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Fresno kangaroo rat
Dipodomys nitratoides exilis


U.S.A. and California Endangered

Life History

Like all kangaroo rats, the Fresno kangaroo rat is adapted for survival in an arid environment. Kangaroo rats move about by bipedal (two-footed) hopping, using their elongated hind limbs, and a long tufted tail for balance. Their forelimbs are shorter with strong claws that facilitate digging burrows. Other characteristics include a larger head compared to typical rodents; large, dorsally placed eyes; and small rounded ears. The fur is a tawny yellow on the head and back, and white on the belly. A white stripe extends across the hips and continues down the sides of the tail, which is blackish on the top and the bottom.

Fresno kangaroo rats collect and carry seeds in fur-lined external cheek pouches. Their diet consists primarily of seeds, but they may also eat some types of green herbaceous vegetation and insects. Most kangaroo rats gather seeds when they are available and cache (store) them for consumption later. Typically, caches are made in small pits on the surface of the soil, scattered over the home range of the individual. The small caches hold only the contents of two cheek pouches.

Breeding is probably initiated in winter after onset of the rainy season. Nothing is known about pair bonds in wild populations, but it is thought that there are no lasting male-female pair bonds formed. In captivity, gestation is 32 days and the average litter size is 2. Young are born in the burrow where they remain until they are fully furred and able to move about easily.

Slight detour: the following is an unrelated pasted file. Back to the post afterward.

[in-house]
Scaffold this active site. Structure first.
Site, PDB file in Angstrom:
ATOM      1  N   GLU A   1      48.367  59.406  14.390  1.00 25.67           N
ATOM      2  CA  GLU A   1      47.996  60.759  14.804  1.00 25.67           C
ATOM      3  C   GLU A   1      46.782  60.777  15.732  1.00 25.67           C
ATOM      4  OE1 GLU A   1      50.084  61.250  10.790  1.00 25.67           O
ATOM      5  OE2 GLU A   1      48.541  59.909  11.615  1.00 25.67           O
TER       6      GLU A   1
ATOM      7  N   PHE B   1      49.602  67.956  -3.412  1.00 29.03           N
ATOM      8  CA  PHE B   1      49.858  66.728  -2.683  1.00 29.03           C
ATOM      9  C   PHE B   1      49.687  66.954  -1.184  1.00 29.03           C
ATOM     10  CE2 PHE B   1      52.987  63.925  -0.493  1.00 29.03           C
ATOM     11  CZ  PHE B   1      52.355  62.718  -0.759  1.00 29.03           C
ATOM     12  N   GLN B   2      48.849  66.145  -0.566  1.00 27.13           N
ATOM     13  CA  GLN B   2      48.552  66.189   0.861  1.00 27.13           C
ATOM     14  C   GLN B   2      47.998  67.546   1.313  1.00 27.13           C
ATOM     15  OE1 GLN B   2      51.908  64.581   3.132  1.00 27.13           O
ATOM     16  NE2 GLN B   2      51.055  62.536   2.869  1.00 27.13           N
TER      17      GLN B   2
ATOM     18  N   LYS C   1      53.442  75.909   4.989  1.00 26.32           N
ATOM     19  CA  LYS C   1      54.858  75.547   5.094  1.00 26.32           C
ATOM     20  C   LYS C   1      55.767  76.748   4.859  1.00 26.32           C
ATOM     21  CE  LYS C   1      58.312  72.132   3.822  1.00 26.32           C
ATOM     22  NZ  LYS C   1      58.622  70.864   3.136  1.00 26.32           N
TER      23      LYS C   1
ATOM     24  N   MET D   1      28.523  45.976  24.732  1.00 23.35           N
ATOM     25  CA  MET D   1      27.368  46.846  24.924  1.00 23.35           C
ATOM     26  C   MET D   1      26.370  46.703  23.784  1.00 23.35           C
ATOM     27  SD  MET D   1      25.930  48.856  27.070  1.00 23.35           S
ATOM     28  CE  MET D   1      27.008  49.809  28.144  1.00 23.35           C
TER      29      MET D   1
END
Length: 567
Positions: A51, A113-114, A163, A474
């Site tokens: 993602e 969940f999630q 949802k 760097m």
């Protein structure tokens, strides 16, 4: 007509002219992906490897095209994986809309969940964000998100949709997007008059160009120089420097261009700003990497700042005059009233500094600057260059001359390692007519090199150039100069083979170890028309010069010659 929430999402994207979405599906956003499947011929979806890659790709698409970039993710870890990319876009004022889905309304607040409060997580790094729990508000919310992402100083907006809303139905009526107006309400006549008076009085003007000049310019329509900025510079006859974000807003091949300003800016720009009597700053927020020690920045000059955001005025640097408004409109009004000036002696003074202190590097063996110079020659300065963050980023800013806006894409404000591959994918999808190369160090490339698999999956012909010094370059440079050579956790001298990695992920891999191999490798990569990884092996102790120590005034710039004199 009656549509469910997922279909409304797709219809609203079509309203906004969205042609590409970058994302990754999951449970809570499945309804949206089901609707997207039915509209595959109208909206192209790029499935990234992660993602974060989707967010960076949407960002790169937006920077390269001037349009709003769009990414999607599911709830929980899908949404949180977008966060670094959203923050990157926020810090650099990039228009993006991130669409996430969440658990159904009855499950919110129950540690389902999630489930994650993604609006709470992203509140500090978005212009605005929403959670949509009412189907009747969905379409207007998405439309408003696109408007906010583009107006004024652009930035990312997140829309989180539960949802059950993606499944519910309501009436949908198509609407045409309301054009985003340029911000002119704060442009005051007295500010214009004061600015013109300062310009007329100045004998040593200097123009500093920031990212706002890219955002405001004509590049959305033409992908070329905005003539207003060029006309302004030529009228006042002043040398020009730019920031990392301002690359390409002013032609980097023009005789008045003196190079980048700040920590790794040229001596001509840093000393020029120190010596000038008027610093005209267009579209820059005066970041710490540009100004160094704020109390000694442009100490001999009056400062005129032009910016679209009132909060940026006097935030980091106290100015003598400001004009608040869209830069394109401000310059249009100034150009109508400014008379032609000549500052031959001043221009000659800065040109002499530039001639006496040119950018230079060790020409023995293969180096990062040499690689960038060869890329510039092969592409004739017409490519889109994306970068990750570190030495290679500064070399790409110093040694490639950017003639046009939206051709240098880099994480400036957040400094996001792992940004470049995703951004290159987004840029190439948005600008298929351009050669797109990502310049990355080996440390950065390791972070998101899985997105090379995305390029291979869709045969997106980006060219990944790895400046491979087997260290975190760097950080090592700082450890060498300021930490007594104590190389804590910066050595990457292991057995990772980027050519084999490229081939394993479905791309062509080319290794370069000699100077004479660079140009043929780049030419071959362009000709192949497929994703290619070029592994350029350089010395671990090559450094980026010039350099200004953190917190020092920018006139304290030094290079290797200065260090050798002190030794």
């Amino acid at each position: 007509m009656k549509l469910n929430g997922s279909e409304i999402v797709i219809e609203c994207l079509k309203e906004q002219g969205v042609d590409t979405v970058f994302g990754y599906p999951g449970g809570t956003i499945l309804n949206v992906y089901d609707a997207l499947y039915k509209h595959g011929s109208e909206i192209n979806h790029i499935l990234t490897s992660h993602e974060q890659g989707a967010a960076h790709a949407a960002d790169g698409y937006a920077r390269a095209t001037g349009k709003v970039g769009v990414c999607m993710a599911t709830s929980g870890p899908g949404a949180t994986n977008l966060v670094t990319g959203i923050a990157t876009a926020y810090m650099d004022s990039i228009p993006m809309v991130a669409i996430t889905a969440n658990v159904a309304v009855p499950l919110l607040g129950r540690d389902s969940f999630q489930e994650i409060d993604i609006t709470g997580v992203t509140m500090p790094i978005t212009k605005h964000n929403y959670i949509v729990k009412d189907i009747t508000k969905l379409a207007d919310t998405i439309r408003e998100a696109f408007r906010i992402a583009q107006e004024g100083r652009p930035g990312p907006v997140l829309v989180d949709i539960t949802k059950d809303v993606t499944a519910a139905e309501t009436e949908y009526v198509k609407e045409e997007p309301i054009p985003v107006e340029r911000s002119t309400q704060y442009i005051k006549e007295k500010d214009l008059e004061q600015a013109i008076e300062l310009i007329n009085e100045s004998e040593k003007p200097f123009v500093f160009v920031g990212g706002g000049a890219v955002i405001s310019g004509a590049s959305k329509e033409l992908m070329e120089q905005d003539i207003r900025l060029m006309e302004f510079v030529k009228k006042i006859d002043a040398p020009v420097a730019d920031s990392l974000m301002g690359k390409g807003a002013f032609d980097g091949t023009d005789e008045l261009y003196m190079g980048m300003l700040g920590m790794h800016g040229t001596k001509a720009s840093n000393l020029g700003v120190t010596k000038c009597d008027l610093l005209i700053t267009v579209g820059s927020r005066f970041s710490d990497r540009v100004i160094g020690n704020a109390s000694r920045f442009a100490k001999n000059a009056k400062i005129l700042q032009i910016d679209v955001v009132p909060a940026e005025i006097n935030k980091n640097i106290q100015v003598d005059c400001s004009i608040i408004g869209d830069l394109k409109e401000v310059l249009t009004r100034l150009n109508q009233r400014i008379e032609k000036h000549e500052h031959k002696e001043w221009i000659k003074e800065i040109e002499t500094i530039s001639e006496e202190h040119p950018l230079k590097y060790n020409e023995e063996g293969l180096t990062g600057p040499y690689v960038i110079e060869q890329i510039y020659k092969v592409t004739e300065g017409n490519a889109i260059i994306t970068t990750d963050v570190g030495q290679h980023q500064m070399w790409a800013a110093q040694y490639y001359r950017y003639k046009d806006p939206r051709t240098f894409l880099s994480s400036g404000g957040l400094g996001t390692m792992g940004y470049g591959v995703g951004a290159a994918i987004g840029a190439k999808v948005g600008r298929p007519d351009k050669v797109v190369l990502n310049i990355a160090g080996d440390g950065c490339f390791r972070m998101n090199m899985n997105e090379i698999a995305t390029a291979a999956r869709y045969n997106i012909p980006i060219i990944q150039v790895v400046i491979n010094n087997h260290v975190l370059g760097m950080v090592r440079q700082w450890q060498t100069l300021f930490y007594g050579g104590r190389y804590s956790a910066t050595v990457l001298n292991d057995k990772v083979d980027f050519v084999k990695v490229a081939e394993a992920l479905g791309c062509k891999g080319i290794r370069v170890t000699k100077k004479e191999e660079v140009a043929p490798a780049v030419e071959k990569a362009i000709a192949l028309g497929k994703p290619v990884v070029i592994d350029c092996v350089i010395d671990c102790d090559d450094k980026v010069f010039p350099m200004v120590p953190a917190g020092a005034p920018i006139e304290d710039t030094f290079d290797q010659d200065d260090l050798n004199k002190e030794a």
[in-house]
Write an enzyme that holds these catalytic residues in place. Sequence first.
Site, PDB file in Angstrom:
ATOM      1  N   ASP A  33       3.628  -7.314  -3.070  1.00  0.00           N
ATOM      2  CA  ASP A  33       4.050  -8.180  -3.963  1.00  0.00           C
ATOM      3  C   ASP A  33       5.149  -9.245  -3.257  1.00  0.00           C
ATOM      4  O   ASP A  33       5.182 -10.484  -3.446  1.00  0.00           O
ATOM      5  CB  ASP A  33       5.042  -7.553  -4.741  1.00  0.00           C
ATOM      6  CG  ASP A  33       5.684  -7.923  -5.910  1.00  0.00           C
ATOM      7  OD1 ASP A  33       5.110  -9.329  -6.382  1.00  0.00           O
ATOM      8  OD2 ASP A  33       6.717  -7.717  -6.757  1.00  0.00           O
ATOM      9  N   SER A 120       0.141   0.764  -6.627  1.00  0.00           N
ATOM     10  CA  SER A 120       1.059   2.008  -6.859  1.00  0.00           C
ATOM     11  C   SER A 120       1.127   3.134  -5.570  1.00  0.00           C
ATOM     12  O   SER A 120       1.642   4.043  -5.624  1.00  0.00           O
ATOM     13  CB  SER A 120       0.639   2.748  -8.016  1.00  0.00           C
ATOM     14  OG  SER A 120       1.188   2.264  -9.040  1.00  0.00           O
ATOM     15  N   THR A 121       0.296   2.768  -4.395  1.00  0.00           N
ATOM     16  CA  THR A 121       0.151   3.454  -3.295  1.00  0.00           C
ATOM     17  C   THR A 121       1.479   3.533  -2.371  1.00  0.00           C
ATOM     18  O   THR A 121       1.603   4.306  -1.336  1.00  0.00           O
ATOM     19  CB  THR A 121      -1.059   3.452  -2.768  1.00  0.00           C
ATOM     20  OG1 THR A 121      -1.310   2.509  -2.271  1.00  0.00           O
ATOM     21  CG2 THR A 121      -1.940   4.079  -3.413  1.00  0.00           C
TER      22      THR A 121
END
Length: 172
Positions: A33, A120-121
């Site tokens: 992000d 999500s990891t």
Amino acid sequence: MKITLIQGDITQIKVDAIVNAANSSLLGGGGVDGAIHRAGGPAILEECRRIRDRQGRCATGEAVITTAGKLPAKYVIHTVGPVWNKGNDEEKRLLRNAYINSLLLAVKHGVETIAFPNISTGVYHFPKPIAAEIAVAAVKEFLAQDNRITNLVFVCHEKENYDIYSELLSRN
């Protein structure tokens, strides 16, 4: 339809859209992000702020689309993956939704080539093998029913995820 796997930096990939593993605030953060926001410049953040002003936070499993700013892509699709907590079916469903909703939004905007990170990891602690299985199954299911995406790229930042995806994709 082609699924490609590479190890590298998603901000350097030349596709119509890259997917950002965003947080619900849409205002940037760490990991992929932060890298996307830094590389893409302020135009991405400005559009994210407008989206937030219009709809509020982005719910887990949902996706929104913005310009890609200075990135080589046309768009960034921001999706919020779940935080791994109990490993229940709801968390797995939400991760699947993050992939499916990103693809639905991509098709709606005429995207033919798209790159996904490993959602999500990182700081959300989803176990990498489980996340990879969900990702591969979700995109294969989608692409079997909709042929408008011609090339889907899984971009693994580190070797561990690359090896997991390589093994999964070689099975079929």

Fresno kangaroo rats shelter in ground burrows that are dug by them or their predecessors. Burrows are usually found in relatively light, sandy soils in raised areas. There are usually two to five burrow entrances that slant gently underground, and one or more holes that open from a vertical shaft.

Within the alkali-sink plant associations, Fresno kangaroo rats were probably the most numerous small mammal under natural conditions. As such, they provided a major source of food for a variety of predators, including the endangered San Joaquin kit fox. Their burrows were used extensively by the endangered blunt-nosed leopard lizard and other reptiles. Their seed-caching behavior may have been important in the dispersal and germination of some plants, and their burrowing and digging probably beneficially affected soil structure and fertility.


The known historical geographic range of the Fresno kangaroo rat encompassed an area of grassland and alkali desert scrub communities on the San Joaquin Valley floor in Merced, Kings, Fresno, and Madera counties. Recently they have been found only in alkali sink communities from 200 to 300 feet in elevation. Currently there are no known populations within its historical geographic range in Merced, Madera, and Fresno counties. The last record of a Fresno kangaroo rat in Fresno County was in 1992 at the Alkali Sink Ecological Reserve. In 1975, populations of San Joaquin kangaroo rats (D. nitratoides) occurred on the Mendota Wildlife Area, Fresno County, and currently occur on Lemoore Naval Air Station, Kings county, but the subspecies classification of these populations is uncertain (either D. n. exilis or D. n. brevinasus).